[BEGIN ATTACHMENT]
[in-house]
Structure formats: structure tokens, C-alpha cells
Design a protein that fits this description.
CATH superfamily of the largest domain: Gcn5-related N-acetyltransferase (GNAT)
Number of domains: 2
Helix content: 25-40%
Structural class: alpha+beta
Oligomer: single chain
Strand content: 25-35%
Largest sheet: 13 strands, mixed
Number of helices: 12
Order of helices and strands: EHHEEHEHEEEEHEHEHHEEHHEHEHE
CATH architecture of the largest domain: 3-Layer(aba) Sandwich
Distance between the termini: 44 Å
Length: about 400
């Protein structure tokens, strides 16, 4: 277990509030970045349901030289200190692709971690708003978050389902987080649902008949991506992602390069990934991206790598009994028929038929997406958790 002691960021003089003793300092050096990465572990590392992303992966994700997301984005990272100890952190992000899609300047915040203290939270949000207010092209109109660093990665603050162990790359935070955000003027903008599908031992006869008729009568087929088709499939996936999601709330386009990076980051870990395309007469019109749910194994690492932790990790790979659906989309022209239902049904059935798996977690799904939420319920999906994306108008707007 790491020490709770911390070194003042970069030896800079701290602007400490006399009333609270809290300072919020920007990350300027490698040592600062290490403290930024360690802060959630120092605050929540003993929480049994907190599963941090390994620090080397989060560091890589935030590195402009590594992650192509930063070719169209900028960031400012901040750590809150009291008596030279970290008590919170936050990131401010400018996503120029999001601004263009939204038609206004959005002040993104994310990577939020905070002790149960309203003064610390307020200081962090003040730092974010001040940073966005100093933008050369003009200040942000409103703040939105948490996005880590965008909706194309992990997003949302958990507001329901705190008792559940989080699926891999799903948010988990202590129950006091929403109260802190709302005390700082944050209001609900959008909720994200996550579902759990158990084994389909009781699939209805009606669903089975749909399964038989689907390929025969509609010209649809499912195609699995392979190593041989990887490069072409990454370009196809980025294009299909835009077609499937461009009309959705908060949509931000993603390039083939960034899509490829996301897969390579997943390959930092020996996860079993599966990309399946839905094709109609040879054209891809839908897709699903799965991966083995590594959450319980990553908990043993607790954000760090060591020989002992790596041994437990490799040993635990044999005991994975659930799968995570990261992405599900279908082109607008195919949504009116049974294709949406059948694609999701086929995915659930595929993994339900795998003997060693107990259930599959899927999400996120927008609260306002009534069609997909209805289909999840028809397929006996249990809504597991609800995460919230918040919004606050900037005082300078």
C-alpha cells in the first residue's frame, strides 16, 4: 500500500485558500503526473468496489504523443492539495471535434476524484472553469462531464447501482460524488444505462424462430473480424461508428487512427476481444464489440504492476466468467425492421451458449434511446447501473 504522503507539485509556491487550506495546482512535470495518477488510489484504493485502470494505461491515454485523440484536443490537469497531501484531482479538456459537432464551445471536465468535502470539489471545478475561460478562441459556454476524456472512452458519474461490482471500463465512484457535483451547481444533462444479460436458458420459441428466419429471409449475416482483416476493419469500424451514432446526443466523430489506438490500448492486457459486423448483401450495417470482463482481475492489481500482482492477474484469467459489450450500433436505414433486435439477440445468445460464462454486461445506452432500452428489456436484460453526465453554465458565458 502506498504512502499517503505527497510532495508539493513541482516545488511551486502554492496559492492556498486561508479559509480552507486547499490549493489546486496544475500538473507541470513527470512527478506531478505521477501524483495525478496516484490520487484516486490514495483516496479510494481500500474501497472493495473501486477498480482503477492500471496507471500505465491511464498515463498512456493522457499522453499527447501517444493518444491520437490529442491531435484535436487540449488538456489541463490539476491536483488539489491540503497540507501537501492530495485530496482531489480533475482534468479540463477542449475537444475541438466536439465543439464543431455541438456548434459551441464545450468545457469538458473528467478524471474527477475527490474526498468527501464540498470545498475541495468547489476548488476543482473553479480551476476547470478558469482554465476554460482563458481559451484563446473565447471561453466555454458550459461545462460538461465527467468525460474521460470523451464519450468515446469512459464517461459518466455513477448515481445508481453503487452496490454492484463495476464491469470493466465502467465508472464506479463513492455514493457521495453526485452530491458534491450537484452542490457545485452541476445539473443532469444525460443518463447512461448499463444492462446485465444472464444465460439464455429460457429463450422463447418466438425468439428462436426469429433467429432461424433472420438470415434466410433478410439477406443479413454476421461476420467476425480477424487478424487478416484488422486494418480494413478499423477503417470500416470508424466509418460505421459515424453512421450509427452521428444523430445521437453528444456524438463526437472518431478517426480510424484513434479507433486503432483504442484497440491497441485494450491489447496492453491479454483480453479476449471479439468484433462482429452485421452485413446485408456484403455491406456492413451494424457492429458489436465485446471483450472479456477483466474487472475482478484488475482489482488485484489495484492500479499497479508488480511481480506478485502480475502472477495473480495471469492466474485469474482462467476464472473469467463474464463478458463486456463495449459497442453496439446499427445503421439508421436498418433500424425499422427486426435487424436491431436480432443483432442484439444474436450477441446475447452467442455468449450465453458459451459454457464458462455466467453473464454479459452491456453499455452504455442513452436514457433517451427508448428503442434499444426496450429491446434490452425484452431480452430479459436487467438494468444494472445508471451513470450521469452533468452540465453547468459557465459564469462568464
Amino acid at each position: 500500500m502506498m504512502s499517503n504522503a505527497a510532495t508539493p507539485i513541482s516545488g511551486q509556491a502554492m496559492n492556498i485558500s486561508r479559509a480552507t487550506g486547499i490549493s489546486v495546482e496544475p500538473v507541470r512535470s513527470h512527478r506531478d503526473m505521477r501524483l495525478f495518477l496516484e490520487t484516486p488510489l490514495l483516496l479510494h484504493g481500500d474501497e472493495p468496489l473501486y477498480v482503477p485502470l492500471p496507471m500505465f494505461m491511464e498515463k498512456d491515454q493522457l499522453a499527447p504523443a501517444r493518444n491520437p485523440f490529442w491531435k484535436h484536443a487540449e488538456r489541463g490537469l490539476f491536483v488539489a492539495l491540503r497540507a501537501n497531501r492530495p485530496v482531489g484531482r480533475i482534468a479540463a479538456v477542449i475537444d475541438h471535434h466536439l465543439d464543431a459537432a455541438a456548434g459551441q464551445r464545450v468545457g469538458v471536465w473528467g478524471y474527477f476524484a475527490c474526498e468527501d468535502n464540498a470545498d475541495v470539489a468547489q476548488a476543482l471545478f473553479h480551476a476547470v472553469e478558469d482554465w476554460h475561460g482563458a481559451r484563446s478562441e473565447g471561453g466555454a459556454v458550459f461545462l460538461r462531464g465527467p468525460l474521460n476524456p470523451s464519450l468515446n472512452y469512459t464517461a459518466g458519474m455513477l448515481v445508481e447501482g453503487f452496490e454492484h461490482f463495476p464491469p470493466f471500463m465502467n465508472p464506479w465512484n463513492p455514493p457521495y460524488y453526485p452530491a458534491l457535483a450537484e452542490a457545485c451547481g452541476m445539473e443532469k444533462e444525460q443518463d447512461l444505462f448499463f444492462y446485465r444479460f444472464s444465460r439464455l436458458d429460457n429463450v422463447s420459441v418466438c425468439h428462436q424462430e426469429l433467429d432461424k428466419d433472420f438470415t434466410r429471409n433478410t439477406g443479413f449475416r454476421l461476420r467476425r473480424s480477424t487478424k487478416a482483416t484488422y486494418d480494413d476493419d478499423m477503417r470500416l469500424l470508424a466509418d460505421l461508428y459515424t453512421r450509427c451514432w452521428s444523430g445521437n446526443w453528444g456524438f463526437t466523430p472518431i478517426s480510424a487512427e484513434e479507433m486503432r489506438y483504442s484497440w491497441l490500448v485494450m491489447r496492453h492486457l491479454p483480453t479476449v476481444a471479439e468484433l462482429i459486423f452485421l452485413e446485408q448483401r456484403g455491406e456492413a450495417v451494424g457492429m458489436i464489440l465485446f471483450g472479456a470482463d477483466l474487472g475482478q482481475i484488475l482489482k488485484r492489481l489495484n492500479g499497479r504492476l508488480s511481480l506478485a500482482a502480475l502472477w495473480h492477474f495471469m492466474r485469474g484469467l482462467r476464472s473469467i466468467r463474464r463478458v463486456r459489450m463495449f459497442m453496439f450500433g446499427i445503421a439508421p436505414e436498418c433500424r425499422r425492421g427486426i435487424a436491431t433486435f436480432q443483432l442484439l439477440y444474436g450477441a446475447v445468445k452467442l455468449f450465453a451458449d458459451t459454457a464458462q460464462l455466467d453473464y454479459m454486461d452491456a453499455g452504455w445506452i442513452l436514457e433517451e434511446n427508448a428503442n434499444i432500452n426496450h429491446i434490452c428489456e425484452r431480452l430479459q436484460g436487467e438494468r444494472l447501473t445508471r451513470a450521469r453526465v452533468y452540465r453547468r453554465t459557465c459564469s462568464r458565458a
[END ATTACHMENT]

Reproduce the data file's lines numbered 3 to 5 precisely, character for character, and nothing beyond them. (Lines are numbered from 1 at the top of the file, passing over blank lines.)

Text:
Design a protein that fits this description.
CATH superfamily of the largest domain: Gcn5-related N-acetyltransferase (GNAT)
Number of domains: 2